Published in Transportation

Electric car sales soaring

by on08 February 2022

130,000 cars sold globally each week

The electric vehicle (EV) market is soaring, with 130,000 cars sold globally each week, roughly equivalent to sales for the entire year in 2012.

Sales of EVs more than doubled in 2021, even with supply chain snarls and pandemic-related shrinking of demand for gas-powered cars.

New data, from the intergovernmental International Energy Agency (IEA), revealed that 6.6 million electric cars were sold last year -- twice the number of 2020 -- making up 9 per cent of the global car market. IEA says the growth is "particularly impressive" over the last three years.

The number has about tripled from 201 when 2.2 million electric cars were sold.

According to the IEA "there are now around 16 million electric cars on the road worldwide, consuming roughly 30 terawatt-hours (TWh) of electricity per year, the equivalent of all the electricity generated in Ireland."

More than half of electric cars are being sold in China (3.4 million), but the market is steadily growing in Europe and the United States.

In the US, electric car sales more than doubled in 2021. More than 500,000 new EVs hit the highways, accounting for 4.5 per cent of the market.

Tesla is still the strongest player, accounting for more than half of all electric car sales. A "generous" tax-credit system for EVs in the US may be influencing new car buyers.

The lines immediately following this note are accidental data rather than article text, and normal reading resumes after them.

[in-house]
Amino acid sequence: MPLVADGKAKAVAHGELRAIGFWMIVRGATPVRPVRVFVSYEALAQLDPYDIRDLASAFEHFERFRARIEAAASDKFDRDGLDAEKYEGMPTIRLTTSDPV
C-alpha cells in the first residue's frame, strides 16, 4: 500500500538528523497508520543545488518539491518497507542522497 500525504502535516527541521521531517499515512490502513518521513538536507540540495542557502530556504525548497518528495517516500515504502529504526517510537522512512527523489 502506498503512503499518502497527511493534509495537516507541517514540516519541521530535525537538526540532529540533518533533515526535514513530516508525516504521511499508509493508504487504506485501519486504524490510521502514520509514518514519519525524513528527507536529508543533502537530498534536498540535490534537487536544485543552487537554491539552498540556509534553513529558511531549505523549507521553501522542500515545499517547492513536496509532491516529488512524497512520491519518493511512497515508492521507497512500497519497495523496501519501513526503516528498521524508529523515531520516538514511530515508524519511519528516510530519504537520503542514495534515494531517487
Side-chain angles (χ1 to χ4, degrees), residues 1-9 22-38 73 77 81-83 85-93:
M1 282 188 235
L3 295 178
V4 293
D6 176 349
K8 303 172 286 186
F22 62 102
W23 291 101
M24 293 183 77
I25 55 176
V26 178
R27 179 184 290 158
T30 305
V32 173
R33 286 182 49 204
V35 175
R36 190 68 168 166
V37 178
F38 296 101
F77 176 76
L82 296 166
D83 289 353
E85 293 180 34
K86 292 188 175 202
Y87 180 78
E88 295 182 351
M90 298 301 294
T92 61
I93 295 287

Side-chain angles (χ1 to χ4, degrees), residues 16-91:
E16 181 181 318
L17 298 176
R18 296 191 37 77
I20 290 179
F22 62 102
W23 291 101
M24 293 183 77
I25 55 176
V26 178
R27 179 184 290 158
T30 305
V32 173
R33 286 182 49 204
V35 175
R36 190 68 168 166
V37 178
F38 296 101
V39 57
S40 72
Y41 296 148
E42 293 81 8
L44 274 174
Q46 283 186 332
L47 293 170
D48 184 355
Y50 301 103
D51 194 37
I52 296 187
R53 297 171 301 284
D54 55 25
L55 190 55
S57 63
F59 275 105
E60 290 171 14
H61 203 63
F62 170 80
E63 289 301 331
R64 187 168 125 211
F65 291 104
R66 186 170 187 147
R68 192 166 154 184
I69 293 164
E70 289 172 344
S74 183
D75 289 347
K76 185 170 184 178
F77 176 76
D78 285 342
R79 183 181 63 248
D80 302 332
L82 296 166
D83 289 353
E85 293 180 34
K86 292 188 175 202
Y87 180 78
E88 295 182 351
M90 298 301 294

In Europe, 2.3 million electric cars were sold in 2021, about half of which were plug-in hybrids, against a backdrop of tightened carbon emissions standards and more subsidies being rolled out by countries in the bloc.

Germany made up the largest share of the European market last year where more than one in three cars sold was an electric model.

Europe's ambitious plans to quadruple processor production are facing problems securing the required $48 billion without disrupting state aid and other existing projects. Apple Insider reports:

Following the US Senate's allocating of $52 billion to boost domestic semiconductor production, the European Union is aiming to make a similar investment.

Under EU laws, funding is chiefly already committed to projects until 2027. Nonetheless, according to Bloomberg, EU internal market commissioner Thierry Breton, has said that the plans will be "commensurate" with the US. At the same time, Commission President Ursula von der Leyen said the total investment would be $48 billion.


Last modified on 08 February 2022
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